15 Sep 2014
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Wyandotte Police Officer Suspended Without Pay for 30 Days

The officer took a police rifle home with him to prove a point, but ended up being disciplined for it.

Wyandotte Police Officer Suspended Without Pay for 30 Days

A Wyandotte police officer will begin a 30-day unpaid suspension on Wednesday after admitting to taking a police rifle home with him without permission, Police Chief Daniel Grant said.

The incident began on Oct. 4 when the department conducted a regular audit of its inventory, Grant said. At that time, the rifle was found to be missing.

Command officers on each shift notified their platoon of the missing weapon and that an investigation was going to be launched.

On Oct. 13, the officer confessed to having the weapon at his home and voluntarily returned it, Grant said.

The officer told police he took the gun to prove a point, Grant said.

According to the chief, the officer works the day shift and found the rifle in his patrol car when he reported for work in the morning. Rather than re-racking the rifle inside the police station, the officer from the midnight shift left it in the vehicle, which didn’t sit well with the officer in question, Grant said.

“He just felt that since it was left in the car when he started his shift, he wanted to see if anyone would notice that the weapon was gone,” Grant said. “He clearly understands that he was wrong. … He’s been told that if he’s unhappy with our procedures, we expect him to make some recommendations on what improvements could be added and we’ll look into it.”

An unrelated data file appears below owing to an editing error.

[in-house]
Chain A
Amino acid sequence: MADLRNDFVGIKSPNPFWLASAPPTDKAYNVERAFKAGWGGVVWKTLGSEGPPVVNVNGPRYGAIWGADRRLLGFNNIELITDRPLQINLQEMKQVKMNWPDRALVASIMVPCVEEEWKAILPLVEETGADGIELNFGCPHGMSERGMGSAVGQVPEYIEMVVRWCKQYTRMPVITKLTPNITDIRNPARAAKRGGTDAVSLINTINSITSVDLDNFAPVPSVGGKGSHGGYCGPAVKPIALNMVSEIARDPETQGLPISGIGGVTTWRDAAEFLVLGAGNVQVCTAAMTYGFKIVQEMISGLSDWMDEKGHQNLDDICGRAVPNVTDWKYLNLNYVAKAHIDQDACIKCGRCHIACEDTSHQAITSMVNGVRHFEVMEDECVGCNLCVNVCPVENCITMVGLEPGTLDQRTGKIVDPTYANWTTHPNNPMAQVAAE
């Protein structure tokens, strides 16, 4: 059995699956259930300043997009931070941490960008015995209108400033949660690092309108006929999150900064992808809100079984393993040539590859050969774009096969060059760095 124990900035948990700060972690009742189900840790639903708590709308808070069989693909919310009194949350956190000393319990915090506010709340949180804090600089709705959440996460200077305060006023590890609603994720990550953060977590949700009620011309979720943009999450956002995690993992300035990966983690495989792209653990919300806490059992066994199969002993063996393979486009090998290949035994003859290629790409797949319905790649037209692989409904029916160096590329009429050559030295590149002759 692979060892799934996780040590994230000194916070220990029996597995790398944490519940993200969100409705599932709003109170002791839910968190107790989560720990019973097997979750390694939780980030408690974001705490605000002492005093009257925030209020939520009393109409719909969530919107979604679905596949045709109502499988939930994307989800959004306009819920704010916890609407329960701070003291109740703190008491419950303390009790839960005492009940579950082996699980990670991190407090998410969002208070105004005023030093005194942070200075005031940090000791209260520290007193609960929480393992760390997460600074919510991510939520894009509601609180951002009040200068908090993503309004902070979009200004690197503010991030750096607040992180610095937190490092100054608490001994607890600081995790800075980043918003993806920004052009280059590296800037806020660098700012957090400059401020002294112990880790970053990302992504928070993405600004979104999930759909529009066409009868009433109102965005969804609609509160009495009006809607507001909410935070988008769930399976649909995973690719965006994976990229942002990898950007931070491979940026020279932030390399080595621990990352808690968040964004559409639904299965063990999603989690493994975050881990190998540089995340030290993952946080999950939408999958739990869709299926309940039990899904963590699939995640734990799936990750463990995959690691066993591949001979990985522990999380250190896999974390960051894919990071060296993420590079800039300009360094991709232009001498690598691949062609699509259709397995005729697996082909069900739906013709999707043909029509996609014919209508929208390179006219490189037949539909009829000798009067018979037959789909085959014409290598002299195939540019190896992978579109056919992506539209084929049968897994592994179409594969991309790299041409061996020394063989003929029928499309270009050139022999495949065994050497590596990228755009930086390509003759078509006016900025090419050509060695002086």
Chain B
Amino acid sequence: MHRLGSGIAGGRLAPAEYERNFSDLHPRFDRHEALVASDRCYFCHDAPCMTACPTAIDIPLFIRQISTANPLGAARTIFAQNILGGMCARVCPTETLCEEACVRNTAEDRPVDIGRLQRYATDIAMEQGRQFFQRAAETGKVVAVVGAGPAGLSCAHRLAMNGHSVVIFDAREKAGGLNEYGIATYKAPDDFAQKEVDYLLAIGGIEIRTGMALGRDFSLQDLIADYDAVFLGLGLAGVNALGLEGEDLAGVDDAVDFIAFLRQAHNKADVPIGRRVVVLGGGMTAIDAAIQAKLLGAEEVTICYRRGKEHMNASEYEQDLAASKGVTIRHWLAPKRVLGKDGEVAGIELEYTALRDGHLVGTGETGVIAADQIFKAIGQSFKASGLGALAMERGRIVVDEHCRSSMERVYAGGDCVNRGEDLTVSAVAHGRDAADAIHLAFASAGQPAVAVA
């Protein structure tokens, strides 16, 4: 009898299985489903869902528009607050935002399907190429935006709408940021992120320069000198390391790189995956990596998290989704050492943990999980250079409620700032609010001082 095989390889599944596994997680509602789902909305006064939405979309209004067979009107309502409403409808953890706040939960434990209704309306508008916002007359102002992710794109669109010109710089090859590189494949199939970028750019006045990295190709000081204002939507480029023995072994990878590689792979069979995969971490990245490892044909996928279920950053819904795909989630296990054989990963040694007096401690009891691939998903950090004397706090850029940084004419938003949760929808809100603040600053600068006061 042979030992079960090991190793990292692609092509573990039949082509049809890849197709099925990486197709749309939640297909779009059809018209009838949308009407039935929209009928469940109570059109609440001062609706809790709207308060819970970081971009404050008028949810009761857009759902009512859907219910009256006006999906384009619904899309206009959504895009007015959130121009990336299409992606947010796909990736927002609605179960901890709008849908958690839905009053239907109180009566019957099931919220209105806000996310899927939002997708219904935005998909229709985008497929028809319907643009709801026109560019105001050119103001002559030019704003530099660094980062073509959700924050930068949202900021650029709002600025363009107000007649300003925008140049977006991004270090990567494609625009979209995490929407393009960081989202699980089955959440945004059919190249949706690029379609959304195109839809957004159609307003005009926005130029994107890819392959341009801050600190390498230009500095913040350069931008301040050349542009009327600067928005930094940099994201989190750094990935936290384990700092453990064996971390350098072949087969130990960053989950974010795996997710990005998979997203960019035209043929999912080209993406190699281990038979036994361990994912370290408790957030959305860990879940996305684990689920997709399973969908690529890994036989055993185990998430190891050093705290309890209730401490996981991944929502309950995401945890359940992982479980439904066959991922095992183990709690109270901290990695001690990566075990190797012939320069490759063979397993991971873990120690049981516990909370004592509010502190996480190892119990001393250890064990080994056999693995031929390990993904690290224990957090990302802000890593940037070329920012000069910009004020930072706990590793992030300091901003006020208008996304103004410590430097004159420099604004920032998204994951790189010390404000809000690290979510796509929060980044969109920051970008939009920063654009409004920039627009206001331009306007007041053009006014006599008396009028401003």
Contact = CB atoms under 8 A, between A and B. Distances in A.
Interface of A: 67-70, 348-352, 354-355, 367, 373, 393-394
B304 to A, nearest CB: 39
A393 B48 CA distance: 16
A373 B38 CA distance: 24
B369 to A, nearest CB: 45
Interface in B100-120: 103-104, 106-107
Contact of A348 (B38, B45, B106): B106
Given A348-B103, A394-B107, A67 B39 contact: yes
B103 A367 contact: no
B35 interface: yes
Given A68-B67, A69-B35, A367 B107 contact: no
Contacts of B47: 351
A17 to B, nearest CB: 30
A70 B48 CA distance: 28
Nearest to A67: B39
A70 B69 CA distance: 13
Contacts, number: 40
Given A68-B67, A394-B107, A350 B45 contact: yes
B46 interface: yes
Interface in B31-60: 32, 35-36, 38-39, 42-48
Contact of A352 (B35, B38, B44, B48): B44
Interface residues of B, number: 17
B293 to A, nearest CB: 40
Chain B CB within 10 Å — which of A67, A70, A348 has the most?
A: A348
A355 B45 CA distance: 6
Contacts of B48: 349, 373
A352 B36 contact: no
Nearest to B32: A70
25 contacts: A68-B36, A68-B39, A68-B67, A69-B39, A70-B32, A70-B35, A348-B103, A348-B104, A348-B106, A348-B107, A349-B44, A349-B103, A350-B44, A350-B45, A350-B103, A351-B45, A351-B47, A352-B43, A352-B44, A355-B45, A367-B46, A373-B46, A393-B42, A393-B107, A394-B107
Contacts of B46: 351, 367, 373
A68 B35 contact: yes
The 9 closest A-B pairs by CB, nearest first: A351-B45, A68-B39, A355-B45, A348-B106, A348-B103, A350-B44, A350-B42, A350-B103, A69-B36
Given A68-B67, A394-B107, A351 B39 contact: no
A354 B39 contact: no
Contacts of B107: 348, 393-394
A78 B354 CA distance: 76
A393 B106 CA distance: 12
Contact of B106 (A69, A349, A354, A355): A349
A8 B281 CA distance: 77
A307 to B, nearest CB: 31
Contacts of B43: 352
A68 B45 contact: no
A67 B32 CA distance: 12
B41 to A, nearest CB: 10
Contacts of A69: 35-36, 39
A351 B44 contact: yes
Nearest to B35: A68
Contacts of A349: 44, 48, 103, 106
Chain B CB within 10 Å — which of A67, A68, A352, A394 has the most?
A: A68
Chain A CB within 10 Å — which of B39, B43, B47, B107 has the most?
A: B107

Grant said the officer who left the rifle in the vehicle didn’t do anything wrong.

“If we know a car is going to be used in consecutive shifts, we’ve said it was OK for the rifle to be secured inside,” Grant said.

That policy has since been changed, however, based on this incident and on another involving two police guns being stolen from a patrol car while it was in for service at the Wyandotte Department of Public Services garage.

Grant said the suspended officer has no prior suspensions on his record. The chief said he doesn’t feel the public was at any risk by the rifle being at the officer’s home as he said it was locked up in a gun vault in his basement, along with other weapons that he owns for his private use.

Grant said criminal charges would not be brought against the officer as he returned the gun on his own accord.

While he’s serving his 30-day unpaid suspension, Grant said, officers will be pulled out of the traffic division to fill his patrol slot.

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